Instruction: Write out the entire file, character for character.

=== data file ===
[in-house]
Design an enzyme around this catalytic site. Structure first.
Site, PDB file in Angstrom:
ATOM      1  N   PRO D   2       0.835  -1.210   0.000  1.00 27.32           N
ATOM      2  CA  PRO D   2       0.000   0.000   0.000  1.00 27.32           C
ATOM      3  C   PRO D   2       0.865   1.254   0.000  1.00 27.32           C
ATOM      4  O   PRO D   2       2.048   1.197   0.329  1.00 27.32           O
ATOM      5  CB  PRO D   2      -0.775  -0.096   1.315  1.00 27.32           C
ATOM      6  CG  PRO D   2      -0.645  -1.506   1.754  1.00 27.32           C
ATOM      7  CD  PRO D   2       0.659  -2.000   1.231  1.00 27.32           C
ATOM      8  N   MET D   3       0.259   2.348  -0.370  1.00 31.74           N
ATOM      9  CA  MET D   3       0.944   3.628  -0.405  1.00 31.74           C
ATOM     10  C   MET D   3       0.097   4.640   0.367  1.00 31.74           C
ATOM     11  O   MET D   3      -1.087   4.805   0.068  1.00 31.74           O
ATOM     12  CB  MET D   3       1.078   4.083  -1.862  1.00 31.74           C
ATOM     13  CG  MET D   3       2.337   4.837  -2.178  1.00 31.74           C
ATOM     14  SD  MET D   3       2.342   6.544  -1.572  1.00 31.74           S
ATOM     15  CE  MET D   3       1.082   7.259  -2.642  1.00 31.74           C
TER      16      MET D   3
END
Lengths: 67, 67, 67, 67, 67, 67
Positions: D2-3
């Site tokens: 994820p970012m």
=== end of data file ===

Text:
[in-house]
Design an enzyme around this catalytic site. Structure first.
Site, PDB file in Angstrom:
ATOM      1  N   PRO D   2       0.835  -1.210   0.000  1.00 27.32           N
ATOM      2  CA  PRO D   2       0.000   0.000   0.000  1.00 27.32           C
ATOM      3  C   PRO D   2       0.865   1.254   0.000  1.00 27.32           C
ATOM      4  O   PRO D   2       2.048   1.197   0.329  1.00 27.32           O
ATOM      5  CB  PRO D   2      -0.775  -0.096   1.315  1.00 27.32           C
ATOM      6  CG  PRO D   2      -0.645  -1.506   1.754  1.00 27.32           C
ATOM      7  CD  PRO D   2       0.659  -2.000   1.231  1.00 27.32           C
ATOM      8  N   MET D   3       0.259   2.348  -0.370  1.00 31.74           N
ATOM      9  CA  MET D   3       0.944   3.628  -0.405  1.00 31.74           C
ATOM     10  C   MET D   3       0.097   4.640   0.367  1.00 31.74           C
ATOM     11  O   MET D   3      -1.087   4.805   0.068  1.00 31.74           O
ATOM     12  CB  MET D   3       1.078   4.083  -1.862  1.00 31.74           C
ATOM     13  CG  MET D   3       2.337   4.837  -2.178  1.00 31.74           C
ATOM     14  SD  MET D   3       2.342   6.544  -1.572  1.00 31.74           S
ATOM     15  CE  MET D   3       1.082   7.259  -2.642  1.00 31.74           C
TER      16      MET D   3
END
Lengths: 67, 67, 67, 67, 67, 67
Positions: D2-3
């Site tokens: 994820p970012m």